Suddenly, the little girl’s blonde head popped up from behind a blue sedan.
“Hey,” Alice shouted through the open window. “Wait a second.”
The little girl grinned and covered her mouth with her hands. Then, she turned and darted into the graveyard. She stopped and looked back at Alice, motioning for her to follow.
Alice wasn’t keen on chasing a little kid around a graveyard, especially a little kid who looked just like the vision she’d seen in the casket earlier. But, she was pretty sure the little girl was flesh and blood; ghosts didn’t generally knock on windows. Weren’t they more into rattling chains or something? Besides, Alice figured she should probably grab the little brat before she tripped over a headstone or tree root and broke her leg.
She groaned and popped the door open. The little girl was standing on a hill looking at her, and when she spotted Alice climbing out of the car, she turned abruptly and raced down the other side.
“Wait,” Alice yelled after her. “Stop. You’re going to get hurt.”
She slammed the car door in irritation and reluctantly began to jog after the little girl. After a few seconds, she reached the top of the hill, stopped, and looked around. Miles of headstones and trees stretched in every direction. She couldn’t see the little girl anywhere. Then, out of the corner of her eye, she saw a flash of white, and turning her head, she spotted a white ruffled dress disappearing behind a tree.
“Hey,” she yelled. “Stop running. I’m not playing with you.”
She was starting to get angry at the little girl. Little kids could be so annoying.
She was panting a bit by the time she reached the tree where the little girl had disappeared. But when she looked behind the trunk, the child was gone again. That was odd. She’d had a complete view of the tree and the field surrounding it as she’d been running. There was no way the little girl could have snuck away without Alice seeing her.
She heard a giggle a few yards away. It sounded like it was coming from behind a headstone rimmed with weeds. She crept down to the grave marker, and when she reached it, she leaped around it.
“Ha! I’ve got you now, kid,” she said.
But the little girl wasn’t there. Instead, there was a large rectangular hole. Alice was moving too fast to catch herself, and she fell head first into the open grave.
You know that person with that one little flaw--that person who would be perfect...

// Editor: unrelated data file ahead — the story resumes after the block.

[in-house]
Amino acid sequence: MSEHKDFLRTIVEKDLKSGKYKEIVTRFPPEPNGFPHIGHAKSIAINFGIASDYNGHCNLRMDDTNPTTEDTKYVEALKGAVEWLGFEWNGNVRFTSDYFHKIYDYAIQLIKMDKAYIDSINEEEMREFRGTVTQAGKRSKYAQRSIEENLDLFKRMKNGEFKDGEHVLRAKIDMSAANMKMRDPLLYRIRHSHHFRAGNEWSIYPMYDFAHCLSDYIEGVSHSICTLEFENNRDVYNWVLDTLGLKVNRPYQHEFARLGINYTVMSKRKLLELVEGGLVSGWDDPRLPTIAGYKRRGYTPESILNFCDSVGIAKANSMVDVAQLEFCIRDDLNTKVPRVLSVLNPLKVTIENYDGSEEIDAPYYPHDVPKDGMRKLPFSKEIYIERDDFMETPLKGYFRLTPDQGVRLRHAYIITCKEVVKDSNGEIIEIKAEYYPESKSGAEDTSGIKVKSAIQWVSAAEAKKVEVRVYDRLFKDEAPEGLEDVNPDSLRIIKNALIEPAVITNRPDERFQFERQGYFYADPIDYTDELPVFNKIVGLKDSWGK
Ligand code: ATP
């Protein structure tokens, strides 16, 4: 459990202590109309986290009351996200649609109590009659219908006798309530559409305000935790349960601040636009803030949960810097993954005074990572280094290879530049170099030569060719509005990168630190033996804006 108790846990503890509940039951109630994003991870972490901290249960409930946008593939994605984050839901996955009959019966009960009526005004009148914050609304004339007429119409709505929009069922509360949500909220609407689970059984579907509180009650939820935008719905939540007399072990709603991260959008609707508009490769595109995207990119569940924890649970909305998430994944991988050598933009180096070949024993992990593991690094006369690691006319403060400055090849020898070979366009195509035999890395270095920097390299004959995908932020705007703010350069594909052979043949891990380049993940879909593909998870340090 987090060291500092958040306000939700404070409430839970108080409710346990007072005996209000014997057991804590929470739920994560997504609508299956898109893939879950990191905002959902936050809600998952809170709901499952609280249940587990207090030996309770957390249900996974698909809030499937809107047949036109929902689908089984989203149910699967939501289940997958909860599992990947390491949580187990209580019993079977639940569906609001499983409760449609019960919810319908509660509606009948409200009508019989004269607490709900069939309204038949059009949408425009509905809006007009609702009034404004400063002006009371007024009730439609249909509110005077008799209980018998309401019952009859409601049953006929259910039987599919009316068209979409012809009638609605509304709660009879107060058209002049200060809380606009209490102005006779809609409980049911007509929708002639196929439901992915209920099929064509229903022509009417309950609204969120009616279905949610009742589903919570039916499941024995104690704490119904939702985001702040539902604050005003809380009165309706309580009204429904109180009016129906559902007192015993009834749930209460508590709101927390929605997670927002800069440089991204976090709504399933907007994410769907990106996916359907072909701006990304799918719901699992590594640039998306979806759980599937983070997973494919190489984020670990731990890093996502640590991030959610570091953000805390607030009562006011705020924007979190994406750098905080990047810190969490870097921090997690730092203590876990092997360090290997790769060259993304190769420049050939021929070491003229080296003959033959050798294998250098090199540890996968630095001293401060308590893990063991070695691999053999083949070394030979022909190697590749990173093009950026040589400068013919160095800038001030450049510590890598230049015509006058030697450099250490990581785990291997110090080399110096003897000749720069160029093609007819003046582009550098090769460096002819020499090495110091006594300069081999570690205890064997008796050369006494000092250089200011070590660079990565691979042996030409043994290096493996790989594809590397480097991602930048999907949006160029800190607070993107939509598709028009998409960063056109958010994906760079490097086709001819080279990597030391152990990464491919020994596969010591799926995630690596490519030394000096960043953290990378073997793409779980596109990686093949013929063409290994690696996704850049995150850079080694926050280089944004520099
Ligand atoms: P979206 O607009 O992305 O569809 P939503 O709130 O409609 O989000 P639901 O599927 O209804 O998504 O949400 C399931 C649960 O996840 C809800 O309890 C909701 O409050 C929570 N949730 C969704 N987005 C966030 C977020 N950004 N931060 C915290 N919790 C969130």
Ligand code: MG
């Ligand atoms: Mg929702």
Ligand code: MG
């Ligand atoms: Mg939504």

...if you could just change that one itty-bitty thing.
Or maybe there's someone with a whole lot of flaws, but he has a sweet inner core, and if you could slough off all the ugly stuff on the inside, he'd be a shining star.
If only you could change that person!
So can you change other people?
My answer is a resounding NO!!!!!!! *oh, such ugliness and pessimism* No, no, no, no, no! You can't change other people and you shouldn't even try...
I have met young people over and over again--it tends to be girls, unfortunately--who feel like they can "change" other people--usually boys they like. The thing is that you can't change other people. So if that's true, then why did I write "kind of" above? It's because yes, you can influence them. You can mentor them. You can try to be a role model for other people But the thing is that you can't change them. The only way a person can change is if he or she wants to change. And if that inner desire isn't there, it just ain't going to happen.
Let me give you an example.
I grew up with this very interesting guy. He was good looking, smart, funny--everything you'd think a great guy should be. He came from an impoverished background, and he was raised by a single mom. Expectations for this guy were pretty low, and it reflected in the choices he made throughout his life. He joined the military, left it, got married, had a couple kids, got divorced, went to prison because he couldn't control his temper, became a pothead, and drifted from job to job, mostly returning to Burger King. I've tried over and over again throughout the years to convince this guy that he is worthwhile and intelligent, that he can make his life better, that he can go back to school and create a happy life for himself. And even though he wants to be happy, he wants a better job and a better life, he still refuses to change. He just keeps at the same dead-end lifestyle. And you know what? There's nothing I can do about it. He has to choose the life he wants to lead, and I can't do that for him.